From 20th Space Control Squadron
EGLIN AIR FORCE BASE, Fla. — The 20th Space Control Squadron recently held a ribbon cutting ceremony celebrating the opening of the unit’s new sensitive compartmented information facility.
The new SCIF will allow the 20th Space Control Squadron to use top secret information to enhance tactical mission planning in support of their space situational awareness mission.
The ceremony marked the completion of a $276,000 project, managed jointly by 20th Space Control Squadron, the 96th Contracting Squadron and the Air Force Space Command Special Security Office.
The project included structural and cosmetic renovations necessary to certify the room for top secret data systems, multiple computer and communications networks, a video teleconferencing center, and the storage of similarly classified materials.
The unit operates the world’s most powerful phased array radar in support of U.S. Strategic Command’s space superiority mission. Squadron personnel collect observations on man-made objects in orbit, detecting, tracking, and identifying objects for inclusion in the Joint Space Operations Center’s satellite catalogue. This satellite catalogue is utilized by military and civilian space activities of many nations around the world to ensure safety of flight in space. The new facility enables the planners at the 20th Space Control Squadron to have the latest and most comprehensive information for ongoing space activities.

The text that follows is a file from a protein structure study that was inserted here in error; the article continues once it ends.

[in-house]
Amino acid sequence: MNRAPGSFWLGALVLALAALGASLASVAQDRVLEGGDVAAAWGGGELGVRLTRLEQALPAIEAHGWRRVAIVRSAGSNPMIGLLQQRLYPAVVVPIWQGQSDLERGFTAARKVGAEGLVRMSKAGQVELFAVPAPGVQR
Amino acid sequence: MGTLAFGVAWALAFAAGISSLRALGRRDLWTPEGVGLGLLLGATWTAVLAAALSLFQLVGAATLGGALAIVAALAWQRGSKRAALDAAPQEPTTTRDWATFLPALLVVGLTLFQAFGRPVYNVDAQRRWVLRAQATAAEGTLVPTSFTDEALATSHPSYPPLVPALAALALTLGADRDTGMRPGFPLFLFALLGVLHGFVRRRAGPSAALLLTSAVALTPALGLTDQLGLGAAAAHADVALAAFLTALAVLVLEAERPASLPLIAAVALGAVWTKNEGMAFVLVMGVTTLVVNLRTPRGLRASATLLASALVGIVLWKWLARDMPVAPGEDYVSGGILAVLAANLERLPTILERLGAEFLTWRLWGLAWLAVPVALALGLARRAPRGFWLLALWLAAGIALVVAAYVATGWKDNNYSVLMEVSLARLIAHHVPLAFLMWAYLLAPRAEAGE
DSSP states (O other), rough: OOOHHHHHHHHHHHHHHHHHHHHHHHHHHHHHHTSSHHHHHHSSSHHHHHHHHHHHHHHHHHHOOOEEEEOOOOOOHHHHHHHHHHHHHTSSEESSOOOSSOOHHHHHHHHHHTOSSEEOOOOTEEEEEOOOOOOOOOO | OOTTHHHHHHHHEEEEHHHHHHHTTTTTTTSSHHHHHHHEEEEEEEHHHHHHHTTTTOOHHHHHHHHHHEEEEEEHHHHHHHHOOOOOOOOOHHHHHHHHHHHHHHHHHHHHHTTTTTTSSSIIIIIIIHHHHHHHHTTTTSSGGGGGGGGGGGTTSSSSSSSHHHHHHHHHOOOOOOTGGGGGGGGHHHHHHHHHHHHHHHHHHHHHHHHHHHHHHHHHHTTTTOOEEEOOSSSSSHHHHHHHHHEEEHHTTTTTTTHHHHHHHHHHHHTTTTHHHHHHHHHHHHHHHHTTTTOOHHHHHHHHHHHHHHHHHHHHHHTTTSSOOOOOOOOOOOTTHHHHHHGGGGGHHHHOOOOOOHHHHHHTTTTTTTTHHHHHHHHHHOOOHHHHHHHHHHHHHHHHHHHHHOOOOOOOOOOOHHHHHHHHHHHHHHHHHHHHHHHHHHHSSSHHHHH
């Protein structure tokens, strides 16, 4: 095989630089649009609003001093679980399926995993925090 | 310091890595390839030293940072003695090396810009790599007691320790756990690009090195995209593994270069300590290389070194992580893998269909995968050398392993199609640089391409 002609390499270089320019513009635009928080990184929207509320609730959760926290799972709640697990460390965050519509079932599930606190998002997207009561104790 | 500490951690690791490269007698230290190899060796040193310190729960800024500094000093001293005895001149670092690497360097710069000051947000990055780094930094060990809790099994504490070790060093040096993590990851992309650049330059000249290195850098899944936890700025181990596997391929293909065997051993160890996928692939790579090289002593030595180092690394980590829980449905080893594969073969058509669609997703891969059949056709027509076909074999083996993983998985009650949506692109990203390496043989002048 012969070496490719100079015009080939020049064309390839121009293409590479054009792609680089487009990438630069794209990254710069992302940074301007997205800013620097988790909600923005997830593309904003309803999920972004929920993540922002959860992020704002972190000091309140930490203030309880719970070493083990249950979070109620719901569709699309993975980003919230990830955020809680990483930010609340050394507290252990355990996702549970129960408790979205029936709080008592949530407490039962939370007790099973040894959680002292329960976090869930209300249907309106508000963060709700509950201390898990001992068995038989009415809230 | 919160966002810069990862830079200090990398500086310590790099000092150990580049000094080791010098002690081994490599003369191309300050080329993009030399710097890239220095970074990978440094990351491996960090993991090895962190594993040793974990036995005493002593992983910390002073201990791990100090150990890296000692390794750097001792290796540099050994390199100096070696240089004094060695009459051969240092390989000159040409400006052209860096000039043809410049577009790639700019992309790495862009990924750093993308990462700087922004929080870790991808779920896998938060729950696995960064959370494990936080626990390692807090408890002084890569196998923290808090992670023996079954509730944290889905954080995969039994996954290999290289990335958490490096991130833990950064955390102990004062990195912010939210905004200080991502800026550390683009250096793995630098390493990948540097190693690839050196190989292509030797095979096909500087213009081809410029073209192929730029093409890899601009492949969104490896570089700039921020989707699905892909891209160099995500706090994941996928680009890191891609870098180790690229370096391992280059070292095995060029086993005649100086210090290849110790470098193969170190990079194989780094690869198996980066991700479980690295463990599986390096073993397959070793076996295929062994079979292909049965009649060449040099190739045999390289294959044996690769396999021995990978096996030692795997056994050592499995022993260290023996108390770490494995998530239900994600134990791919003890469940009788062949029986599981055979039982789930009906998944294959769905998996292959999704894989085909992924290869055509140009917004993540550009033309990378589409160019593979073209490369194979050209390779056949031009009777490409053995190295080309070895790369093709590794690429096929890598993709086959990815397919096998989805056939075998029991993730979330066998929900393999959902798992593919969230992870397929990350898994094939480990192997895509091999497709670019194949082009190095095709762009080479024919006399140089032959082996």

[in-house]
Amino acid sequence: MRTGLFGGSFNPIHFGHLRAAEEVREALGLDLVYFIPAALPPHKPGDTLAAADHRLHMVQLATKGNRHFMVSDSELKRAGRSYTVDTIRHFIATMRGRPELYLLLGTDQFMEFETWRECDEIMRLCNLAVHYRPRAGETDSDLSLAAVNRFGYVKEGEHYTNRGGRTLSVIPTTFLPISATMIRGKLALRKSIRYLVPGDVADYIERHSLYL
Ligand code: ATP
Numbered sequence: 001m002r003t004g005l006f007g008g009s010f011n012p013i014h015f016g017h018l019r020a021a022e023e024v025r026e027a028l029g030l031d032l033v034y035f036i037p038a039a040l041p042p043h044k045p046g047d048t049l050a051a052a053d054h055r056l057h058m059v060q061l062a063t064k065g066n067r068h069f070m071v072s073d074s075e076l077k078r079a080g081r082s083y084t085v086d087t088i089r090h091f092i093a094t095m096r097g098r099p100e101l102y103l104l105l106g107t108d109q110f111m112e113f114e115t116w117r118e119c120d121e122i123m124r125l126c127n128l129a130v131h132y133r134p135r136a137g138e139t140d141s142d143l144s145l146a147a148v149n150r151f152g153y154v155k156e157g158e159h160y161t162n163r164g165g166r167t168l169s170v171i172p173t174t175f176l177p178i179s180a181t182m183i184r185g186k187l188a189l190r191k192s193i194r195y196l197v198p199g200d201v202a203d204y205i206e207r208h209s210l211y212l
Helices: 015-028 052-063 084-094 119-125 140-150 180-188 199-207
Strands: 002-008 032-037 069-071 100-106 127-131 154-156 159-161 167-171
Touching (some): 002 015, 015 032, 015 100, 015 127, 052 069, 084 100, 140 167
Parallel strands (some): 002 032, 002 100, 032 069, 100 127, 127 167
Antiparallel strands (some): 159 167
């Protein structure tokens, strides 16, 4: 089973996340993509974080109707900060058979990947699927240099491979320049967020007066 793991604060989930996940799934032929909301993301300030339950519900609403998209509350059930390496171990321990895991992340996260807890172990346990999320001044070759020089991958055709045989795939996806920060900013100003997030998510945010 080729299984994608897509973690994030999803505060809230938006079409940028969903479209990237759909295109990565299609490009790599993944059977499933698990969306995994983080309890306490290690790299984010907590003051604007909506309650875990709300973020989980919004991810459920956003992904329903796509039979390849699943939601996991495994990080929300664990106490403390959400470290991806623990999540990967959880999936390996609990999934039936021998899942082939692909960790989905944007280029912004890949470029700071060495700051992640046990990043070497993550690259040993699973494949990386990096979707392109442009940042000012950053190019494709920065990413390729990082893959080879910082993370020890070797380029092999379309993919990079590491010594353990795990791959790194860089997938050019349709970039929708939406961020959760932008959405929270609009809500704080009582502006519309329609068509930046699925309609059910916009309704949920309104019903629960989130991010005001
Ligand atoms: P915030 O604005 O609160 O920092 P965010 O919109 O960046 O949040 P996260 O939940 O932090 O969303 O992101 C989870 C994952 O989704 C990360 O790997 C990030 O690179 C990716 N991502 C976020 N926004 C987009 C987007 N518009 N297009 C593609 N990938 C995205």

“With this new facility, we will continue down the path of innovation and change the way space situational awareness has been conducted for decades,” said Lt. Col. Mitch Katosic, 20th Space Control Squadron commander. “Opening this SCIF literally opens the door to new information, new relationships and a new way of doing business. Our adversaries continue to develop new capabilities and new methods in an attempt to take the high ground away from us but the work done here will enable a proactive approach to combating emerging threats, dynamic adversary tactics, and maintaining custody of an increasing number of space objects.”
Col. Chris Crawford, 21st Space Wing commander, members of the 20th SPCS, Walton County, Fla., community leaders and personnel from the 96th Test Wing attended the ceremony.
Crawford noted that the ability to leverage intelligence information expeditiously has been the key component to victories in battles of the past. Referencing the battle of Midway, he drew a parallel between the challenges of U.S. naval forces trying to track and defeat a superior Japanese fleet with those faced by space surveillance operators trying to maintain situational awareness about the activities of potential adversaries in space. In future conflicts “timely information can be the difference between success and failure,” Crawford said.